Amen, sister. Christ, it was tough for me to get out of my Juicy sweats and get through a day without bawling during the first month after Tav was born, let alone using my brain in any significant, income-generating way.

And to Cross’ first point, isn’t this one more arrow in the quiver for U.S. companies fighting to screw us out of the mandated maternity leave benefits that pales in pathetic comparison to every other major civilized nation in the world? We are already a nation of workaholics with the lowest vacation time and the least amount of maternity leave in the entire world. Marissa Mayer may have nannies, nurses, cooks, drivers and personal assistants up the wazoo, but none of the rest of us have those luxuries, and maternity leave is something we are fighting to improve, not diminish. And besides, I still think no matter how much help you have, giving birth is freaking painful and learning to bond with a newborn infant is terrifying … no matter how much money you’ve got.

What do you think? Am I overreacting here?

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Dick Says: August 3rd, 2012 at 09:50 pm

Solid blog post…

angela Says: August 8th, 2012 at 10:22 am

You are not overreacting at all! My maternity was 6 weeks and my boss allowed me to work two weeks from home after that and it was NOWHERE near enough! And seven months later I am still dabbling in maternity pants!

April Says: August 13th, 2012 at 09:46 am

I totally agree with you and don’t think you are overreacting at all. I hate to see a future where our kids get even less of their mother’s because of the rat race!

Stacey Says: August 16th, 2012 at 06:26 pm

I am a mother of five. I believe it is very important to be with you new baby at least the first few months. Ideal would be 2 years, but we live I. America, so 2 months will have to do,I believe and know without a doubt that time is when u bond with your child. That time off is not only to recover from having a child, it’s the most important time when a deep bond is developes. It saddens me that she is trading that for a corporation. To sad. You are right we live in a greedy country, this could start and turn into something the next generation will have to pay the price for.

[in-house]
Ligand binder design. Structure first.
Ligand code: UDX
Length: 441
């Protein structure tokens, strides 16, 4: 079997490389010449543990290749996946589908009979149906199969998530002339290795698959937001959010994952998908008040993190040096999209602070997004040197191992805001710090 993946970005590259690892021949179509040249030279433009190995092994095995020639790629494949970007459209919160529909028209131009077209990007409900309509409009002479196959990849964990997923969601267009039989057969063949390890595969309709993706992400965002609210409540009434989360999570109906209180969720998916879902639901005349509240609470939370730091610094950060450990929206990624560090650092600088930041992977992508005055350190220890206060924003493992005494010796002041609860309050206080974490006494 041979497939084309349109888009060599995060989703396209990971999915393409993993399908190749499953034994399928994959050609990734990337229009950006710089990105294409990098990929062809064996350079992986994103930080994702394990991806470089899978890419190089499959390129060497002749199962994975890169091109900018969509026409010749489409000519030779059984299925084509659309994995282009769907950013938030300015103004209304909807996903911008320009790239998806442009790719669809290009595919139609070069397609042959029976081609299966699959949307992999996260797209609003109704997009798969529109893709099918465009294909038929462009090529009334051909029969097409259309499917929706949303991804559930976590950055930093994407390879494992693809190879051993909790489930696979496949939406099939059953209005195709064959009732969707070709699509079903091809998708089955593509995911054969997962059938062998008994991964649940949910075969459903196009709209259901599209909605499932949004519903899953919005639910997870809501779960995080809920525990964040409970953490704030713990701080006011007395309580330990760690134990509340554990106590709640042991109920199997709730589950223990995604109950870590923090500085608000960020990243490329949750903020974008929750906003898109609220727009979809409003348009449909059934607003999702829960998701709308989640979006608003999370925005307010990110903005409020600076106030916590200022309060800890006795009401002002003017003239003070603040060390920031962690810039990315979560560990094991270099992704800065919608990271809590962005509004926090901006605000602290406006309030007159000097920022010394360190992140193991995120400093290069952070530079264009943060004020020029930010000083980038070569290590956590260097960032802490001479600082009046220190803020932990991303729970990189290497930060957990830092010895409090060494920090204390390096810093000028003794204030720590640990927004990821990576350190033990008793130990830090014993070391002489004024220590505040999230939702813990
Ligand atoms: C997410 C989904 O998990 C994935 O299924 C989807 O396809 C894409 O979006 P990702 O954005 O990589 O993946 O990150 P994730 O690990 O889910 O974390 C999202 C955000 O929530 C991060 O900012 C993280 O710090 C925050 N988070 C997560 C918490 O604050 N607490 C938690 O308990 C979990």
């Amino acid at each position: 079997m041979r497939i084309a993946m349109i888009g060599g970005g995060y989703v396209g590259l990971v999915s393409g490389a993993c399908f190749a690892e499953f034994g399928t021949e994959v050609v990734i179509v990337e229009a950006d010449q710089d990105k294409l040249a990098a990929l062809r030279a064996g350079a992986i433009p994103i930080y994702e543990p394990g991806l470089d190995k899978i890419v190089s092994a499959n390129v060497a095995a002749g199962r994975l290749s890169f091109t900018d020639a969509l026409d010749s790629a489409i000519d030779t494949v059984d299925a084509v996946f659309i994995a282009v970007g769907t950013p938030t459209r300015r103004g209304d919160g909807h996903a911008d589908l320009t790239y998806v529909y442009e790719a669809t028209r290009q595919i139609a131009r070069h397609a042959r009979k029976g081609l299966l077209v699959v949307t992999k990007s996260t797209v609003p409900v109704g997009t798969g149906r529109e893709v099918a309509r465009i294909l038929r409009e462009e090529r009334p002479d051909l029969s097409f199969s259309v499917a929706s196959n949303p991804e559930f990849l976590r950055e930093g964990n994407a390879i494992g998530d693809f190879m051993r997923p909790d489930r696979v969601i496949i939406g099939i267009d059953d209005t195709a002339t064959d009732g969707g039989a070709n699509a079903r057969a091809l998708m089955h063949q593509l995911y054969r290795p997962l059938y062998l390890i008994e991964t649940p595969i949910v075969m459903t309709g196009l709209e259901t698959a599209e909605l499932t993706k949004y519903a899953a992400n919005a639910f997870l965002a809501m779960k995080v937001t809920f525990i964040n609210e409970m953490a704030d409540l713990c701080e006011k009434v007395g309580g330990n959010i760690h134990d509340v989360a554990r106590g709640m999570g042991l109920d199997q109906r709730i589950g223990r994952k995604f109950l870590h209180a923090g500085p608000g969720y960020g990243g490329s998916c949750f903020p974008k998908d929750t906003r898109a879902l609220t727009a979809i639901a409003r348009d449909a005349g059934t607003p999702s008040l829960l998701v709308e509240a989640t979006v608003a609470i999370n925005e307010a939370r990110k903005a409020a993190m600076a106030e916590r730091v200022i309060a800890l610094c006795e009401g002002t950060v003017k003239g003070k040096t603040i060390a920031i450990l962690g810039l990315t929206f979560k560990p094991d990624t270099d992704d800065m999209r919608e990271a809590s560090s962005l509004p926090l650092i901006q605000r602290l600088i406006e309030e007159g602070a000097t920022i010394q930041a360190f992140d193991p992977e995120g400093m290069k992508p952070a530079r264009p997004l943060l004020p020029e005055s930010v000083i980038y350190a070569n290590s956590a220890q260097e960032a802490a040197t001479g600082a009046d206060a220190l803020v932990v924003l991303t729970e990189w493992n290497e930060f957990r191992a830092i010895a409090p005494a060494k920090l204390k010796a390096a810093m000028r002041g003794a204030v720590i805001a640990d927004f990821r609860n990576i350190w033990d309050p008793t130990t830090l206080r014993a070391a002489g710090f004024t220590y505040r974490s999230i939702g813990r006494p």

Meg Says: September 6th, 2012 at 06:46 pm

I get it that women should have a choice and we should back each other up, but I really think that she is bowing to the pressure. Are shareholders all ticked that she went and got pregnant right as she started? Is she trying to pacify them? This is probably the real root cause–the outside pressure. I found out I was pregnant the day after I signed my contract at my new job. I lost so much sleep and had so much anxiety that I told them right away. I felt horrible guilt. Why? Why did I feel the need to apologize? Why do we see pregnancy and motherhood as a liability? We have to change the way we think and see motherhood. We shouldn’t have to apologize or pacify others. I am pretty sure Yahoo will be fine (well, as fine as Yahoo is these days) without her for 12 weeks.